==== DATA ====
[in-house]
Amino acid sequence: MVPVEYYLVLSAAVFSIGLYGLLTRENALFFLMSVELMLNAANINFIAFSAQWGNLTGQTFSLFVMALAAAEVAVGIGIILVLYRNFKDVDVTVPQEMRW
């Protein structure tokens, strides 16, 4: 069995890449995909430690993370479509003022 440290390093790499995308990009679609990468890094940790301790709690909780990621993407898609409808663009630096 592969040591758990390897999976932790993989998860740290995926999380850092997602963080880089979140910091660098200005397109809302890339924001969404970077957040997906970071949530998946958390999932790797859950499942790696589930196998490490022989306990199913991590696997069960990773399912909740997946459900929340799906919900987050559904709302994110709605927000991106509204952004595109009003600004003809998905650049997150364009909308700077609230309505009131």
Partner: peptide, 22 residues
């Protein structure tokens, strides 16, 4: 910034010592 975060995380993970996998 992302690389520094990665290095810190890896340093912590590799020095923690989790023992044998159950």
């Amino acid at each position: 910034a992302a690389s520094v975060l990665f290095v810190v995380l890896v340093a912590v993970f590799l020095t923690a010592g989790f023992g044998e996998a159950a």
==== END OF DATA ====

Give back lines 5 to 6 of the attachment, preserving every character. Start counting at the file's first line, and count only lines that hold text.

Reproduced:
């Protein structure tokens, strides 16, 4: 910034010592 975060995380993970996998 992302690389520094990665290095810190890896340093912590590799020095923690989790023992044998159950």
């Amino acid at each position: 910034a992302a690389s520094v975060l990665f290095v810190v995380l890896v340093a912590v993970f590799l020095t923690a010592g989790f023992g044998e996998a159950a």